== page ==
Tuesday, March 11, 2014
By Maria Danilova
The Associated Press
(Continued from page 1)
Monuments to Kiev’s founders burn as anti-government protesters clash with riot police in Kiev’s Independence Square, the epicenter of the country’s current unrest, on Tuesday.
The Associated Press
Riot police clash with anti-government protesters outside Ukraine’s parliament in Kiev, Ukraine, on Tuesday. Some thousands of anti-government protesters clashed with police in a new eruption of violence Tuesday.
The Associated Press
While Kiev and western Ukraine have risen up against Yanukovych, he remains popular in the Russian-speaking eastern and southern regions, where economic and cultural ties with Russia are strong.
As darkness fell, law enforcement agencies vowed to bring order to the streets and they shut down subway stations in the center of the capital. In Independence Square, Orthodox priests prayed for peace.
“We see that this regime again has begun shooting people; they want to sink Ukraine in blood. We will not give in to a single provocation,” opposition leader Arseniy Yatsenyuk told the protesters. “We will not take one step back from this square. We have nowhere to retreat to. Ukraine is behind us, Ukraine’s future is behind us.”
Tuesday’s clashes were the first to lead to deaths since Jan. 22, when two protesters were hit with live ammunition and a third died after a fall.
As angry protesters outside parliament hurled stones at police and set trucks blocking their way on fire, riot police retaliated with stun grenades and fired what appeared to be small metal balls, as smoke from burning tires and vehicles billowed over Kiev.
Early Wednesday morning, government agencies said 18 people died in the violence, including seven policemen who died from gunshot wounds. Eleven civilians also died, including three who were shot. A police spokeswoman said 159 police were wounded, including 39 who were shot.
The coordinator for the opposition’s medical response team, Oleh Musiy, said more than 400 protesters were injured. He also claimed that about 20 had died, but this could not independently be confirmed.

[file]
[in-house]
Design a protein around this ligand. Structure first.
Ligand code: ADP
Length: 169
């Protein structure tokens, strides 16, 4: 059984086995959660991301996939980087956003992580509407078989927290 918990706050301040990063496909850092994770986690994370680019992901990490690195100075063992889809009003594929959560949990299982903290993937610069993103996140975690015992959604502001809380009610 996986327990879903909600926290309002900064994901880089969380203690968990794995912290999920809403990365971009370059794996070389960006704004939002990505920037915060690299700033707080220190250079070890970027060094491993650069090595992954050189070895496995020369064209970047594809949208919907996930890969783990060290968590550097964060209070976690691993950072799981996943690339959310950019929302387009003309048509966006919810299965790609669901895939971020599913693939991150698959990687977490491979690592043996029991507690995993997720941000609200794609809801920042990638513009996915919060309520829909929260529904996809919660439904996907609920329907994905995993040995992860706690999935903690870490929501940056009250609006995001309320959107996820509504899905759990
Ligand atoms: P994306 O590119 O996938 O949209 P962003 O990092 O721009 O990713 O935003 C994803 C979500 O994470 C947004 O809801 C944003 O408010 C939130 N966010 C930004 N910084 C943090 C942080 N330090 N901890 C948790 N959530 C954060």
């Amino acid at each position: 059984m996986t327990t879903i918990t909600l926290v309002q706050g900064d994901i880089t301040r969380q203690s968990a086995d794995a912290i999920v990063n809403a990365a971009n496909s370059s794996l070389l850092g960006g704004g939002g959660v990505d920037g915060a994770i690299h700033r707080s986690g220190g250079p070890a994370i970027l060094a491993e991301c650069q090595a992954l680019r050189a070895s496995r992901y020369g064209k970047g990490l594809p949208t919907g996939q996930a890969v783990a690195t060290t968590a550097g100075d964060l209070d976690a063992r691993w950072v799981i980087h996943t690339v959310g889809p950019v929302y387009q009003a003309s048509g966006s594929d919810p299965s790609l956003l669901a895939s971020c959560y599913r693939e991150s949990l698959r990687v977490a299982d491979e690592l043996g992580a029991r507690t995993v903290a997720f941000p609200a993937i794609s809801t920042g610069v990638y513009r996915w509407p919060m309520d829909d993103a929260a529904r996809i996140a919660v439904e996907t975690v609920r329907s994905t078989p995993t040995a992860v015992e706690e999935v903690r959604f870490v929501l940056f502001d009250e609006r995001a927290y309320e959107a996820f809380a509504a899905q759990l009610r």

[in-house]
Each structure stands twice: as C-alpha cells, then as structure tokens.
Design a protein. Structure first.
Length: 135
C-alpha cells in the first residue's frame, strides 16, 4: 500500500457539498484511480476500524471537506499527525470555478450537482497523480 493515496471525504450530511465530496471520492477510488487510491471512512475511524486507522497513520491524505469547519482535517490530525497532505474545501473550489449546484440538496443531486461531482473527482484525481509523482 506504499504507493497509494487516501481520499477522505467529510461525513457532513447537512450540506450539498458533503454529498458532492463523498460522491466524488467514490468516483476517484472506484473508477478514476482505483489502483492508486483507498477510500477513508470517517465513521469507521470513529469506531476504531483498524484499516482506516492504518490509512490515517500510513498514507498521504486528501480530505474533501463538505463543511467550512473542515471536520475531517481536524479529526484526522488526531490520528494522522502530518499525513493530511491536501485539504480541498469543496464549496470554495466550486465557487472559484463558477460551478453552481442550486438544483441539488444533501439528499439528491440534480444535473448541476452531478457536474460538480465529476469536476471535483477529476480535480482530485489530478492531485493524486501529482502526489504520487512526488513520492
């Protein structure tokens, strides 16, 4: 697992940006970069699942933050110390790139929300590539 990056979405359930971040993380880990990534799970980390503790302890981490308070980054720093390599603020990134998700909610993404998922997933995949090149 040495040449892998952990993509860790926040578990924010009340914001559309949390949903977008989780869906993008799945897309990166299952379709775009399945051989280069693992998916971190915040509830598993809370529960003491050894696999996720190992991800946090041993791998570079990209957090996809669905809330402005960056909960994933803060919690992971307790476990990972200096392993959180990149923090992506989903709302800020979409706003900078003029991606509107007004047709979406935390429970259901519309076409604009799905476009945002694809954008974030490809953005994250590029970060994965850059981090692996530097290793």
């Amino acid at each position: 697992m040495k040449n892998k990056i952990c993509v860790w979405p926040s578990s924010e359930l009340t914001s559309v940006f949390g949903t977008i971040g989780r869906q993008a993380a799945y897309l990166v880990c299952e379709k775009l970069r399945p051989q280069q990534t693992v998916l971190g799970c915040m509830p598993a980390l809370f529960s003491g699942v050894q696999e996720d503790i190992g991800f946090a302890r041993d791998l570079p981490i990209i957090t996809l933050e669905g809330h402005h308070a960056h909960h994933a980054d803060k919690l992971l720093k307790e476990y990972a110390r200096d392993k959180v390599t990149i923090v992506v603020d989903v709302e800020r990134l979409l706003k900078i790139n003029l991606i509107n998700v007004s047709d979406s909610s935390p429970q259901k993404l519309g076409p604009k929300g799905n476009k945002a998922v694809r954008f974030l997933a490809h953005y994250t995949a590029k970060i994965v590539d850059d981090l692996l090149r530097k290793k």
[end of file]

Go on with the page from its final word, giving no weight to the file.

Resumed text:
One of the civilians was found dead after protesters stormed the office of the president’s Party of Regions. Police pushed them away, but when firefighters arrived to put out a fire, they discovered the body of an office employee, Kiev’s emergency services said.
Justice Minister Olena Lukash, a close Yanukovych aide, accused the opposition of violating earlier agreements with the government and blamed protest leaders for the violence.
In Washington, Vice President Joe Biden expressed his “grave concern” in telephone call to Yanukovych, urging him to pull back government forces and exercise maximum restraint. The White House said Biden also called on Ukraine’s government to address the protesters’ “legitimate grievances” and put forward proposals for political reform.
Earlier, U.S. Secretary of State John Kerry urged both sides to end the violence, halt their ultimatums and hold high-level talks.
U.S. Ambassador Geoffrey R. Payatt also threatened both sides with sanctions. “We believe Ukraine’s crisis can still be solved via dialogue, but those on both sides who fuel violence will open themselves to sanctions,” Payatt said on Twitter.
Germany has refused to back Washington’s calls for sanctions against Ukraine’s government to pressure it into accepting opposition demands for reforms.
But when central Kiev exploded in violence Tuesday, German Foreign Minister Frank-Walter Steinmeier said Ukrainian security forces have a “particular responsibility” to de-escalate the situation, adding that the EU might resort to unspecified sanctions against individuals. “Whoever is responsible for decisions that lead to bloodshed in the center of Kiev or elsewhere in Ukraine will need to consider that Europe’s previous reluctance for personal sanctions must be rethought,” he said.
The Russian Foreign Ministry blamed the West for the escalation of the violence and called on the opposition to work with the government to find a way out of the crisis.
“What is happening is a direct result of the conniving politics of Western politicians and European bodies,” the ministry said in a statement.
Associated Press writers Yuras Karmanau in Kiev, Lynn Berry and Laura Mills in Moscow and David Rising in Berlin contributed to this report.